Flanders honours lives lost in Battle of Passchendaele

Summary

Centennial memorials dedicated to the First World War battle were attended by local and foreign dignitaries, including members of the British royal family

Stories from then and now

Charles, Prince of Wales, attended Flanders’ commemorations of the centenary of the Battle of Passchendaele on Sunday and Monday, together with his son, Prince William, and William’s wife, Catherine Middleton. The British royal family joined Belgian royals, politicians and descendants of the infamous battle’s military casualties for one of the most significant commemorations of the 1914-18 centenary of the First World War.

The Battle of Passchendaele, also known as the Third Battle of Ypres, began on 31 July 1917. It has gone down in history as one of the First World War’s bloodiest and most devastating battles. After its 100 days, both sides had suffered 450,000 fatalities, with some 50,000 more injured or missing.

Flemish public broadcaster VRT started its commemoration on Sunday with a compilation from its series Ten oorlog (To War), which traces the front line with stories from then and now. That was followed by the British 2012 mini-series Parade’s End.

The official commemoration began that evening with the traditional Last Post at the Menin Gate in Ypres, in the presence of British and Belgian royals and politicians. That ceremony was attended by 200 descendants of some of those whose names are inscribed on the walls of the gate – those who were lost but whose remains have never been traced.

Following the Last Post, the attendees moved to Ypres’ market square to attend a multi-media performance on the battle, including a moving recitation by Dame Helen Mirren of “In Flanders’ Fields”, the poem by John McCrae that gives its name to the war museum on the same square.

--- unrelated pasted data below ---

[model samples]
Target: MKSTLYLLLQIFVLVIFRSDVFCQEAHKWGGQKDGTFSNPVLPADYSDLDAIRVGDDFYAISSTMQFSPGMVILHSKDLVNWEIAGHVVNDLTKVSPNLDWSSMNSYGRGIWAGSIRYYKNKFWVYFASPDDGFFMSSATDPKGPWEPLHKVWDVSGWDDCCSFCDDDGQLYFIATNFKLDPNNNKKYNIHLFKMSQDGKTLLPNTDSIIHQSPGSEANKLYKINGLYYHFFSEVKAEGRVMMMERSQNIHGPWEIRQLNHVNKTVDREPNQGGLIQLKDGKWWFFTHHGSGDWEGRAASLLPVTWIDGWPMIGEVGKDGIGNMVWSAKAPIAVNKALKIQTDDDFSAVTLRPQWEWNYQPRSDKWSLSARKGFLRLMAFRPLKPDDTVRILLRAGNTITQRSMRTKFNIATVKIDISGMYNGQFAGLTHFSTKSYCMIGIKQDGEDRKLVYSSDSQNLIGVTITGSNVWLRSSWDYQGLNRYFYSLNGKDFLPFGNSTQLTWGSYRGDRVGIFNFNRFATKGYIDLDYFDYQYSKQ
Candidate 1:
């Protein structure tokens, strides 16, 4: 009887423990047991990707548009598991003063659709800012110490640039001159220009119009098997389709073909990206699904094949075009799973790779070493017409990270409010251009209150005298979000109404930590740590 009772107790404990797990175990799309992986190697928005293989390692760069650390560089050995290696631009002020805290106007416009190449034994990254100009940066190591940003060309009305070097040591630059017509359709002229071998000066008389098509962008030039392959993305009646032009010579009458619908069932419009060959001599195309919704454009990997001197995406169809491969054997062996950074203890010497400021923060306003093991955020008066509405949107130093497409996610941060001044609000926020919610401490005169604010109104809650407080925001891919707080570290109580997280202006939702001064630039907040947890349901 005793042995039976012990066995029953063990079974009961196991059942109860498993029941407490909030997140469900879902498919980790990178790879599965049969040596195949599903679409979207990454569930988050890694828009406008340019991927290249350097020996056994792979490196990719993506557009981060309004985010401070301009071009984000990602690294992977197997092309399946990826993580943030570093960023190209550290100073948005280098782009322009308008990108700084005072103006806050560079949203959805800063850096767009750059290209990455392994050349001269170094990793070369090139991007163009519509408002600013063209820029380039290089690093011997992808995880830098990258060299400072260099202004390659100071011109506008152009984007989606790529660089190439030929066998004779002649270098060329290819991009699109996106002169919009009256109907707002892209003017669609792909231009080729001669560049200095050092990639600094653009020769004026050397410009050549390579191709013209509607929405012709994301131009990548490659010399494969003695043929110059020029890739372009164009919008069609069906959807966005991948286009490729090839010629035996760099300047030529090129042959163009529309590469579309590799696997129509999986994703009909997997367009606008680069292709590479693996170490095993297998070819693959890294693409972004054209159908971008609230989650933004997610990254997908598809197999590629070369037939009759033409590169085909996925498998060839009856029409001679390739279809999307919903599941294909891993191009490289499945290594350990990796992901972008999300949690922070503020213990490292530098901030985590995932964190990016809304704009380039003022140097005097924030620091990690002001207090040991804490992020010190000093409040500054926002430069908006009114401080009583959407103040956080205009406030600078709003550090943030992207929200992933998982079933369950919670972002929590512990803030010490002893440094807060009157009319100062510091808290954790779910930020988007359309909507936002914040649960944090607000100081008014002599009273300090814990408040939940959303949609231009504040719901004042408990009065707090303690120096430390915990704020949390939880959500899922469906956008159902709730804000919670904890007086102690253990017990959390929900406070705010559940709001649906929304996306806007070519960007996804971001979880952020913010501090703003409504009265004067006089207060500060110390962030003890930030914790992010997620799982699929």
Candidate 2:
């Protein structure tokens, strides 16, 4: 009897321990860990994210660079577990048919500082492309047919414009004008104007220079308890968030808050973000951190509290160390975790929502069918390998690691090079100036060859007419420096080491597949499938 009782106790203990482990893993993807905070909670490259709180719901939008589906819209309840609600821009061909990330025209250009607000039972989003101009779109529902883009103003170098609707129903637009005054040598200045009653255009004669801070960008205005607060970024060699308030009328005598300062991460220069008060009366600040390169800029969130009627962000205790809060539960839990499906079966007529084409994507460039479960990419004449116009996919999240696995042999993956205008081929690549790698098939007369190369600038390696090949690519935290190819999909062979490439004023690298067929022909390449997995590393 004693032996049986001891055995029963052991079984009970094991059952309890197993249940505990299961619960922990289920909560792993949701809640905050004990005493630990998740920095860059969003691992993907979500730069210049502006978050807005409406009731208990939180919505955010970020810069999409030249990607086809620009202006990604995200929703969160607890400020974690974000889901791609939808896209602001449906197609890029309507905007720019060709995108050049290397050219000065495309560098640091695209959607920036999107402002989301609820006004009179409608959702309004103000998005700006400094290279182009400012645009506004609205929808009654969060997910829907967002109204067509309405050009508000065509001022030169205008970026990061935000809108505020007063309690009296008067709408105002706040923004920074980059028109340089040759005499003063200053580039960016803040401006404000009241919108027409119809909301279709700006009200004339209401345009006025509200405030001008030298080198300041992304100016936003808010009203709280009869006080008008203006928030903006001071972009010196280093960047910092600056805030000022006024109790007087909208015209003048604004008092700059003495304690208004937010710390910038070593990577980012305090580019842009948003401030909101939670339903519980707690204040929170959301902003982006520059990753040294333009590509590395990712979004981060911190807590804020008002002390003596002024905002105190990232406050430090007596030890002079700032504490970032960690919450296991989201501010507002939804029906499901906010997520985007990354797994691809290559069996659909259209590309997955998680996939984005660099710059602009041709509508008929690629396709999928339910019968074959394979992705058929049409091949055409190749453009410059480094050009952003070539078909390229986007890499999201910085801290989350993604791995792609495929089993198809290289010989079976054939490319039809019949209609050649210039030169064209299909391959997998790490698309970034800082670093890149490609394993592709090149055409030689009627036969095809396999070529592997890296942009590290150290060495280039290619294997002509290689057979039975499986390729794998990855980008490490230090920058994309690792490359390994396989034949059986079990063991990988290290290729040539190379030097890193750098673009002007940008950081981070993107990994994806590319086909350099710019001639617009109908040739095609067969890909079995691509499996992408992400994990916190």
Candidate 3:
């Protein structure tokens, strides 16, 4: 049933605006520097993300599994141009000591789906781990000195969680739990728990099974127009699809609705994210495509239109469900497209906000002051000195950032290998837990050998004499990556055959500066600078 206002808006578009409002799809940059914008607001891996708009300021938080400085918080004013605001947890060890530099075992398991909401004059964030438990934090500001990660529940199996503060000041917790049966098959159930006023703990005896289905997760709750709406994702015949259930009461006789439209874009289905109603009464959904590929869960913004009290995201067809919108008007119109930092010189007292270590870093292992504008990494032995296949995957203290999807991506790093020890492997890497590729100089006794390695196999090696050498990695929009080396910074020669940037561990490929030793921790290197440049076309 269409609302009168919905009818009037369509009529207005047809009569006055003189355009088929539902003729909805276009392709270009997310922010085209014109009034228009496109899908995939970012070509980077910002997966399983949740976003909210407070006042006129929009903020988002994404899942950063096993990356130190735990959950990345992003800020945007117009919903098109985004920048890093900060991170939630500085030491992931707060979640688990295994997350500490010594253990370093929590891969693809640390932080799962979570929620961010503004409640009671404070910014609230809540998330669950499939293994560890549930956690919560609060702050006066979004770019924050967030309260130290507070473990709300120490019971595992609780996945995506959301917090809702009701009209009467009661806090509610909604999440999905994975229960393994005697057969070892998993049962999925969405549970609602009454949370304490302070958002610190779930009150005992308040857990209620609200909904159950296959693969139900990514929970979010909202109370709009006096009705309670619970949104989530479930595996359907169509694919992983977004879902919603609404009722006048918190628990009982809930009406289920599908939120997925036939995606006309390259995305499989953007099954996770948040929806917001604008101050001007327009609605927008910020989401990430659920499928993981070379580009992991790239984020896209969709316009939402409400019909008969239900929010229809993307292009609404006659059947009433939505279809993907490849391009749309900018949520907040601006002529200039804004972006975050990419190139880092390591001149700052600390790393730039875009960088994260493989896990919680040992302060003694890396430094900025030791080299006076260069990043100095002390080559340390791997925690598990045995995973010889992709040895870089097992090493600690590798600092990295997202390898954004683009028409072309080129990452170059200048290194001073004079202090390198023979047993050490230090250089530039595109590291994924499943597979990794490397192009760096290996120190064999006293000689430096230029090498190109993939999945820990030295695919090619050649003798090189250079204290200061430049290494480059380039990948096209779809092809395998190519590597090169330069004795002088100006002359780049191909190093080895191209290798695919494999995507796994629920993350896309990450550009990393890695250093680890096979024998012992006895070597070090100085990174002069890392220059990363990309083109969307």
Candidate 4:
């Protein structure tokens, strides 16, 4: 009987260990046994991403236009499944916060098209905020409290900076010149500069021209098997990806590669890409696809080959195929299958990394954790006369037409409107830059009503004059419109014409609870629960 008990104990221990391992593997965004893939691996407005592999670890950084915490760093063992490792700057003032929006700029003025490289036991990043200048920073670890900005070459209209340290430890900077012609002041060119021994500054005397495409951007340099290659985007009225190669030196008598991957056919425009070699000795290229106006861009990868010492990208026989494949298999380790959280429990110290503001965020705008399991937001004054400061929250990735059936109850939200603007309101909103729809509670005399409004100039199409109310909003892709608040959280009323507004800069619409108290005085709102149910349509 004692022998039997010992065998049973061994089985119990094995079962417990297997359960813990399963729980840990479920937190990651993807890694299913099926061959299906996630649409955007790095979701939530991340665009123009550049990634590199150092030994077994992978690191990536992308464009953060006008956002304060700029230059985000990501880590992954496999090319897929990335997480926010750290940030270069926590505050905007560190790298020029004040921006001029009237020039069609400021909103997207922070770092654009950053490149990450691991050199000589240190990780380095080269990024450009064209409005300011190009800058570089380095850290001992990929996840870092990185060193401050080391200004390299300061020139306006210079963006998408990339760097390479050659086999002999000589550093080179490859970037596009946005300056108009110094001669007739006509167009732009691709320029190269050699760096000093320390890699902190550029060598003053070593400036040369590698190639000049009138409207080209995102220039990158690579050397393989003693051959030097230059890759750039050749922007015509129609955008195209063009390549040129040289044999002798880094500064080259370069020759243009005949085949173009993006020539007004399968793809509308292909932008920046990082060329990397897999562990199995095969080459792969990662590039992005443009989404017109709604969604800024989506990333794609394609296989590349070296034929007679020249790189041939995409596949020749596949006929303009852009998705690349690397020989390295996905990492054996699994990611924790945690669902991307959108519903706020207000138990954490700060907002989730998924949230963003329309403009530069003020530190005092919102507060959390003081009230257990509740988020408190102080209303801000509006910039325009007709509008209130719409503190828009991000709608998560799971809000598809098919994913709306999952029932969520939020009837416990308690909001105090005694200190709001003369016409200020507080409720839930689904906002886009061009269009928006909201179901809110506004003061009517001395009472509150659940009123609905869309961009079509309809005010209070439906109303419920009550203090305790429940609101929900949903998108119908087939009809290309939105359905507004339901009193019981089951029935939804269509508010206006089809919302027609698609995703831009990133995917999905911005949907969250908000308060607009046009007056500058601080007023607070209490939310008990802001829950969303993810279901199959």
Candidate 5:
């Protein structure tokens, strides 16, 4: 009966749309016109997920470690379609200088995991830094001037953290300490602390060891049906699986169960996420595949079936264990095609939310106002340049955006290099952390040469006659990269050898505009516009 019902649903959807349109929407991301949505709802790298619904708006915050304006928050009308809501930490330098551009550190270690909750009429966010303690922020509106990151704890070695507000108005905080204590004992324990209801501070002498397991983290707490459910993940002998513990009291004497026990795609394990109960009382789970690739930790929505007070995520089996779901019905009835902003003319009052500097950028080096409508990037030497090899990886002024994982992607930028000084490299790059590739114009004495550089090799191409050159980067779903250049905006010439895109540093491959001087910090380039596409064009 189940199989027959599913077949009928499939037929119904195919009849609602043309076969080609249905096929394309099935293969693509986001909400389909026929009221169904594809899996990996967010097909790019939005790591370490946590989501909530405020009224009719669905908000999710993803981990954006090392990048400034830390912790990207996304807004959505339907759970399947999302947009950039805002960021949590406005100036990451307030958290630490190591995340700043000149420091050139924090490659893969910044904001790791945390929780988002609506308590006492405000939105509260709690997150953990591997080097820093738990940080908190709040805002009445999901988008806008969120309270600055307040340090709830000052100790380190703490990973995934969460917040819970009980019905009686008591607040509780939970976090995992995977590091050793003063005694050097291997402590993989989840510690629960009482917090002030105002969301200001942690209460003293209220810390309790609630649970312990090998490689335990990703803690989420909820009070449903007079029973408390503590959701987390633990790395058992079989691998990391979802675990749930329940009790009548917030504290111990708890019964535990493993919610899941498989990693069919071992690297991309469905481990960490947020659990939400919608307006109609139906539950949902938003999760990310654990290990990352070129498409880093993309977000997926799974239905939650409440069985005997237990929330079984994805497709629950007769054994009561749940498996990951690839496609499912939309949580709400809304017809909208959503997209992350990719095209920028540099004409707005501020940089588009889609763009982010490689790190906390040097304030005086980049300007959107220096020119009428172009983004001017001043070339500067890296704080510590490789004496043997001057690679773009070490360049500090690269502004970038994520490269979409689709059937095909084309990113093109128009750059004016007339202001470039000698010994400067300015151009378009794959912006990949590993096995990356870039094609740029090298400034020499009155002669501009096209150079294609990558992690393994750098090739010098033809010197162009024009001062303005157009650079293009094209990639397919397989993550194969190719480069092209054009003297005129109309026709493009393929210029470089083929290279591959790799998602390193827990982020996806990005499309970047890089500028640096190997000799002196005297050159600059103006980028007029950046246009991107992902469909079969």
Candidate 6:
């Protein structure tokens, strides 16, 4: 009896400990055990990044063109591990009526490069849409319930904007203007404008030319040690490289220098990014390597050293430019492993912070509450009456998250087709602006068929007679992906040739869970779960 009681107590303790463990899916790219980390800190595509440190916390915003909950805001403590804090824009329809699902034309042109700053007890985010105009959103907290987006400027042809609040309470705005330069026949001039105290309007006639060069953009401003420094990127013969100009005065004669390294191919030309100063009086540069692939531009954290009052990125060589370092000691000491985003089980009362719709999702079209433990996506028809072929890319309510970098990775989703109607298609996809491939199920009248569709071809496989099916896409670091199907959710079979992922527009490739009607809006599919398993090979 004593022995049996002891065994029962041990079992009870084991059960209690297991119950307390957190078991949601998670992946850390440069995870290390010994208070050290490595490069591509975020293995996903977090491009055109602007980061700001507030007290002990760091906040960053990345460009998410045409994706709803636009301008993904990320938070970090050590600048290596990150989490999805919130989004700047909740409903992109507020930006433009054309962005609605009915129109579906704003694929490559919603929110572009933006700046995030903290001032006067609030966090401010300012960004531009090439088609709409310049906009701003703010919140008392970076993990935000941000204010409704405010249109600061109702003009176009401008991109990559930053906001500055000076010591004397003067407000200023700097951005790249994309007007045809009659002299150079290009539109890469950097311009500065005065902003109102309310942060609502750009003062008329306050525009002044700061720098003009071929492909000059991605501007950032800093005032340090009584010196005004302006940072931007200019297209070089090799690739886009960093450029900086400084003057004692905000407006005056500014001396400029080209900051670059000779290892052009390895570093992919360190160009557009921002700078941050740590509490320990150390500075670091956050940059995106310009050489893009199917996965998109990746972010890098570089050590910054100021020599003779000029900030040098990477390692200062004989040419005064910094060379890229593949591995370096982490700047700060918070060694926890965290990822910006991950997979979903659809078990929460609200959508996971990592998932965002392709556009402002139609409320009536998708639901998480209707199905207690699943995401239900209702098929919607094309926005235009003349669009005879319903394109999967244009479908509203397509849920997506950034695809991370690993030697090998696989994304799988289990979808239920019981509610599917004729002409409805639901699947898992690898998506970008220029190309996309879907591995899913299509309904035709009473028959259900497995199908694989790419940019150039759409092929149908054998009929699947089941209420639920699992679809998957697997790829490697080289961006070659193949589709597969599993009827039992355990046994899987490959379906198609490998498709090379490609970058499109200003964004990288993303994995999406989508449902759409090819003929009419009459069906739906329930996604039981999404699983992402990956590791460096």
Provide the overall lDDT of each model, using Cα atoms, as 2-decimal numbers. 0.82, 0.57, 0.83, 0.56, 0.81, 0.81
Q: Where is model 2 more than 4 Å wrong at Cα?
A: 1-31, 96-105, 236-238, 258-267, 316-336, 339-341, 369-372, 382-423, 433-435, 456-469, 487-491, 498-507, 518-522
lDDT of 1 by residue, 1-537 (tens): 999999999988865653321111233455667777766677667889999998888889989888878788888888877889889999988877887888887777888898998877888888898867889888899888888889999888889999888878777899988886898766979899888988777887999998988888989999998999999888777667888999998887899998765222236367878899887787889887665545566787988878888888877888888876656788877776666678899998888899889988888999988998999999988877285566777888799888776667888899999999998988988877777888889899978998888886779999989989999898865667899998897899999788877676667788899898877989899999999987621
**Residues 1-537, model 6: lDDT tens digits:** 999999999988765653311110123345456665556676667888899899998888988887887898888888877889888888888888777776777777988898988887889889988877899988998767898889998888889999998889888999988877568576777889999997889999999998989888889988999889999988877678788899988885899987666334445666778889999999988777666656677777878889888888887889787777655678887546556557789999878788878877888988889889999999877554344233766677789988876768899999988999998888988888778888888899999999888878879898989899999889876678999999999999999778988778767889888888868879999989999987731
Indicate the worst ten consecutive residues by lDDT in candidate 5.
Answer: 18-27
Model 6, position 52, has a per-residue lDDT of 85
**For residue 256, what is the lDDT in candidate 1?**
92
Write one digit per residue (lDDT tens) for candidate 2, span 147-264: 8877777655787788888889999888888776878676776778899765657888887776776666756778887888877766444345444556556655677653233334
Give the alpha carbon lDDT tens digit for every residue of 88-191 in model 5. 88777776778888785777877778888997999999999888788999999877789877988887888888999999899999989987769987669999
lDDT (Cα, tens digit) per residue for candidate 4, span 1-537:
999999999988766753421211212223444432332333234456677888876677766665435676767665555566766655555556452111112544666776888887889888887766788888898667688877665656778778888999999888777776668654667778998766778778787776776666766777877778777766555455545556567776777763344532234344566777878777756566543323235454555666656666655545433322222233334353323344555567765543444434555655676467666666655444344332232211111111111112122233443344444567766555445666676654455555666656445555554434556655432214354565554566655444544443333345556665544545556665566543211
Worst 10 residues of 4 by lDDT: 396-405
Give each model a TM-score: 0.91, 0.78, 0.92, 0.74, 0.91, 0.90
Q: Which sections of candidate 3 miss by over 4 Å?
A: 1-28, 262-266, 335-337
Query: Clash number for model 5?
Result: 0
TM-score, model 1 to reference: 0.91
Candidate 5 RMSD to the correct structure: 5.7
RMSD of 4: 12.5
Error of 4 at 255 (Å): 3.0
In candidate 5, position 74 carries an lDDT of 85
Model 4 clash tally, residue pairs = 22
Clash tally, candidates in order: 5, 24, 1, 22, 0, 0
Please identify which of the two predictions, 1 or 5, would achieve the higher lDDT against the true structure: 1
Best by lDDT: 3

On Monday, British and Belgian royals attended a ceremony at Tyne Cot cemetery, followed by the opening of the Zonnebeke Church trench, preserved from the war and part of the Memorial Museum Passchendaele. The Tyne Cot ceremony was covered live on Canvas.

Photo: From left, Duchess of Cambridge Catherine Middleton, Prince William, King Filip and Queen Mathilde attend the Last Post ceremony at the Menin Gate on Sunday evening
© Benoit Doppagne/Belga

First World War

Claiming the lives of more than nine million people and destroying entire cities and villages in Europe, the Great War was one of the most dramatic armed conflicts in human history. It lasted from 1914 to 1918.
Flanders Field - For four years, a tiny corner of Flanders known as the Westhoek became one of the war’s major battlefields.
Untouched - Poperinge, near Ypres, was one of the few towns in Flanders that remained unoccupied for most of the war.
Cemetery - The Tyne Cot graveyard in Passchendaele is the largest Commonwealth cemetery in the world.
550 000

lives lost in West Flanders

368 000

annual visitors to the Westhoek

1 914

First Battle of Ypres